According to the body, the exchequer departments fall short on a number of measures relating to both environmental taxes and the environmental impact of taxes.
The departments do reportedly carry out practices such as consulting with stakeholders and ensuring taxpayers get ample warnings of the implementation of environmental taxes.
However, the NAO claimed that they “do not quantify all costs and rarely specify how they will measure environmental impact”.
Split into four categories that include climate change levy, carbon price support, landfill tax, and aggregates levy, environmental taxes raised £3.1bn in 2019.
In turn, the NAO has urged the government bodies to do more to ensure existing and future measures sit in line with government’s environmental goals.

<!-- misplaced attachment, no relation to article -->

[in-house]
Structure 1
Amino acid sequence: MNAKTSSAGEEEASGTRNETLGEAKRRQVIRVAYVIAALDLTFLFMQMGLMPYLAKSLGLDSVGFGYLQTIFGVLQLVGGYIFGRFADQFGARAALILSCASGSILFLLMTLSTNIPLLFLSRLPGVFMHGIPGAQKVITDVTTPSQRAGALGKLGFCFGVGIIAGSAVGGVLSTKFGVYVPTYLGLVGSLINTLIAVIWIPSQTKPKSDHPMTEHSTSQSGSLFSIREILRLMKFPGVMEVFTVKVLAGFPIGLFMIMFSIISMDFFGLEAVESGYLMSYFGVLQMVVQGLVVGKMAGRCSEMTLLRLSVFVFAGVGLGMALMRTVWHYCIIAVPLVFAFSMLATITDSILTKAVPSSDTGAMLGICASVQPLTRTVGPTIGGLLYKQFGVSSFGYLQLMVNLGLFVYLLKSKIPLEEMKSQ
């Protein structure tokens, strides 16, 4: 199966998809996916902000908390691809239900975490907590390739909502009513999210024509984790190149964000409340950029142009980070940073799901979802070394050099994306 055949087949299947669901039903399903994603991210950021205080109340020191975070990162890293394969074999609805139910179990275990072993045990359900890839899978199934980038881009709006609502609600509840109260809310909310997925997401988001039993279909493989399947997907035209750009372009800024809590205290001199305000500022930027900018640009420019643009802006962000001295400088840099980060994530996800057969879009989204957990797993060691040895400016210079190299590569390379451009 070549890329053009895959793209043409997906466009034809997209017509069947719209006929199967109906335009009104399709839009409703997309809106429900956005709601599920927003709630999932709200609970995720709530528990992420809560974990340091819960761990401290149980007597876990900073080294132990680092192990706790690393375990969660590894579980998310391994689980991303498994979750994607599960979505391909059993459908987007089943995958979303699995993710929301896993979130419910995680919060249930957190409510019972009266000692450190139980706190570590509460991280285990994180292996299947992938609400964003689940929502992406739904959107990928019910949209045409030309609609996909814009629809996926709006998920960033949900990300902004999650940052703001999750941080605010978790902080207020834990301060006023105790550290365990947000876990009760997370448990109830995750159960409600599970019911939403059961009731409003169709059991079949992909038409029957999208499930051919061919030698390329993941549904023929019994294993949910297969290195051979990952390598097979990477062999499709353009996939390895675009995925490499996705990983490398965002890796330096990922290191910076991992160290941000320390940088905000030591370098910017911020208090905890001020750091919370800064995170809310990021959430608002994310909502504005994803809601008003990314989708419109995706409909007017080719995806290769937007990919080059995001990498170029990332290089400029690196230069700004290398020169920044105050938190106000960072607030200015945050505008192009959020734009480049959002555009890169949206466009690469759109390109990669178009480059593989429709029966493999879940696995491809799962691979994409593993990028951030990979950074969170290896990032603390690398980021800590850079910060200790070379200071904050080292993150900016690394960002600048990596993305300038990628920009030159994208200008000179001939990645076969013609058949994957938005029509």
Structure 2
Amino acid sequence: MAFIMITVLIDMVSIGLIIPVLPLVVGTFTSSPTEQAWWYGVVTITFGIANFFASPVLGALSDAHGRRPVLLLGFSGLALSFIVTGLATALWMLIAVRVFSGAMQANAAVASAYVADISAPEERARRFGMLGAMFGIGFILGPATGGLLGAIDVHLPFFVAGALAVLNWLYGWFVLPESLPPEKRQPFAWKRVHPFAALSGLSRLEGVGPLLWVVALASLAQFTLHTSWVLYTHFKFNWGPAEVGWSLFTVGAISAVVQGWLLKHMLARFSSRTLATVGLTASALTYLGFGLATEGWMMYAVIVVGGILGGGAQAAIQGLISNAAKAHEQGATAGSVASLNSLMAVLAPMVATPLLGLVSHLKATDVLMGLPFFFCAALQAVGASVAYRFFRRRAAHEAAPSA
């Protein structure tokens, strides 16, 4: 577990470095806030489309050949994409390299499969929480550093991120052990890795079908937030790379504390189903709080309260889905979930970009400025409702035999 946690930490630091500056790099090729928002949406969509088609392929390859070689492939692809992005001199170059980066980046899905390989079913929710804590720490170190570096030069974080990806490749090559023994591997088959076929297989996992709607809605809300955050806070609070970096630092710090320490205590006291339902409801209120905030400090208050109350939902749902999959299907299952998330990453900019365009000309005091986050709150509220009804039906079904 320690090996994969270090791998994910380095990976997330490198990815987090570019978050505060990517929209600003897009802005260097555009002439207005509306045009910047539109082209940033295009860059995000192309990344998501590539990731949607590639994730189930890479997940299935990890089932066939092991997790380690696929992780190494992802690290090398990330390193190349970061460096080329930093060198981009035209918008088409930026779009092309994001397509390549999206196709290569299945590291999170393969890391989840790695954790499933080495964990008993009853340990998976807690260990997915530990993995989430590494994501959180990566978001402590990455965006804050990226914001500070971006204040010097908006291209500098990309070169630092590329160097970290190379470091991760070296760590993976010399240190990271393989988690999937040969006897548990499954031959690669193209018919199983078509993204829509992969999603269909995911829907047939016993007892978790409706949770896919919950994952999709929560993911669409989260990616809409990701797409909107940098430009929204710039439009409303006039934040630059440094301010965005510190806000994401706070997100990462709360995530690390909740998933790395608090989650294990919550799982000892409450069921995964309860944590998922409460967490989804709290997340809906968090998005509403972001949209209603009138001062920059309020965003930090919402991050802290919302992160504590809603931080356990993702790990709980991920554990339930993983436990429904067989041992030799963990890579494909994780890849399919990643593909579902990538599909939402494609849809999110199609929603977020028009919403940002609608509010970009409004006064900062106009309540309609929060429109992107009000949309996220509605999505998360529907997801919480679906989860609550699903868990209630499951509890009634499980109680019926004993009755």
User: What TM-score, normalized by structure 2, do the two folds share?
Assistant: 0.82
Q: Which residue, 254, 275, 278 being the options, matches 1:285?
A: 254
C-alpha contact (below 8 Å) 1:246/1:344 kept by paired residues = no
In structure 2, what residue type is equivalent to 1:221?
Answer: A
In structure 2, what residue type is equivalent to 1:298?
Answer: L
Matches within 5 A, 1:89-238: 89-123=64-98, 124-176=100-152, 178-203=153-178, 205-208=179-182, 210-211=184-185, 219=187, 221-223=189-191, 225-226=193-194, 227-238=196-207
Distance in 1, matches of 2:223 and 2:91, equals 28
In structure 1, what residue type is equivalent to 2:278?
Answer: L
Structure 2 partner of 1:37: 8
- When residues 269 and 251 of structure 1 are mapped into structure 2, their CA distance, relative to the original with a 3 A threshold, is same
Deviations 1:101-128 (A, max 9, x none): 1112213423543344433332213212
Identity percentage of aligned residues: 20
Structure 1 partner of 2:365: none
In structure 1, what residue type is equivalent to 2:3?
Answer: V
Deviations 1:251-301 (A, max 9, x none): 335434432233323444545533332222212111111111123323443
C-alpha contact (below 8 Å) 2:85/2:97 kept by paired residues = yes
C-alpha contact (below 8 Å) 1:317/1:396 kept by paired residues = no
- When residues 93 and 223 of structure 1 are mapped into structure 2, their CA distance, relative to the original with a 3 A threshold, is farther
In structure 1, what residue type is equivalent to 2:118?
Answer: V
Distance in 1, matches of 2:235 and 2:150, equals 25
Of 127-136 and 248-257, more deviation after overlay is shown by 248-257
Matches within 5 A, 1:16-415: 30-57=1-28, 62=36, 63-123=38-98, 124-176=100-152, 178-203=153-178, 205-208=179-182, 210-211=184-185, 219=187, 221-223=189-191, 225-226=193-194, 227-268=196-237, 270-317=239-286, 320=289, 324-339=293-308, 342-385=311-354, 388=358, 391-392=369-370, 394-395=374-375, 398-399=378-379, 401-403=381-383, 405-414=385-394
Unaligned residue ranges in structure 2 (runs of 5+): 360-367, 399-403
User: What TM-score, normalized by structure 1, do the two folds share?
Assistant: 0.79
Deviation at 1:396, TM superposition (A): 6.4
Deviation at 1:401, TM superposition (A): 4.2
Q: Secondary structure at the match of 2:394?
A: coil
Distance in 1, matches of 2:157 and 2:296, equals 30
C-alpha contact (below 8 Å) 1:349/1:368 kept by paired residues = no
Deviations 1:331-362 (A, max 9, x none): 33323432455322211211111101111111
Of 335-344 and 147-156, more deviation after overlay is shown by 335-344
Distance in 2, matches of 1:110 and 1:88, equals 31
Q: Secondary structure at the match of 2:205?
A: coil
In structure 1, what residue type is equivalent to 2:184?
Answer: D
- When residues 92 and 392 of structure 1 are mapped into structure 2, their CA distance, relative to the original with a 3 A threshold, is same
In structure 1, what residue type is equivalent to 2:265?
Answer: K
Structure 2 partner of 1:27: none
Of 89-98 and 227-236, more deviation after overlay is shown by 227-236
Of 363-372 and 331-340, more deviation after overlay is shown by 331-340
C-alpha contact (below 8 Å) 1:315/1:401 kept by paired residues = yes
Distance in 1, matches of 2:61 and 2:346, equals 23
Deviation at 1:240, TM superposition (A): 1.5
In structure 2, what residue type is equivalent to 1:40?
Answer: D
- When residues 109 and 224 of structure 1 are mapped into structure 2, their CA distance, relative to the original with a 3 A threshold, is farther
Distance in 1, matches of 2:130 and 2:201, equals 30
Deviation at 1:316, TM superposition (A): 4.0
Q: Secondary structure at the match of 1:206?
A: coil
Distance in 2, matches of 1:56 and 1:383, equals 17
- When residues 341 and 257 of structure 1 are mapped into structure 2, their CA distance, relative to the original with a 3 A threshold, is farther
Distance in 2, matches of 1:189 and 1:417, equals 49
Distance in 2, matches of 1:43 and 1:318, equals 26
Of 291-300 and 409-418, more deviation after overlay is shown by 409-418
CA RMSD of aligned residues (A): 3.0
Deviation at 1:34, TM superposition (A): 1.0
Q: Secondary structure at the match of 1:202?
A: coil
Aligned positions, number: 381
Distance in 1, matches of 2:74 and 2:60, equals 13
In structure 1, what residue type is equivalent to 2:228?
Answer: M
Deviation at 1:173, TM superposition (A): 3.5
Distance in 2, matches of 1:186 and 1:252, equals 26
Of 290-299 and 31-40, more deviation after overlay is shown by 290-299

Gareth Davies, head of the NAO, said: “Taxes are one of the tools available to government in pursuing its ambitious environmental goals.
“While there is some evidence of the positive impact that taxes can have on the environment, too little is known about their effect.”
He added: “HMRC and HM Treasury should work closely with other departments to ensure that existing and future tax measures are compatible with the wider environmental strategies being developed across government.
“HM Treasury’s review of how the transition to net zero will be funded is an important first step in this process.”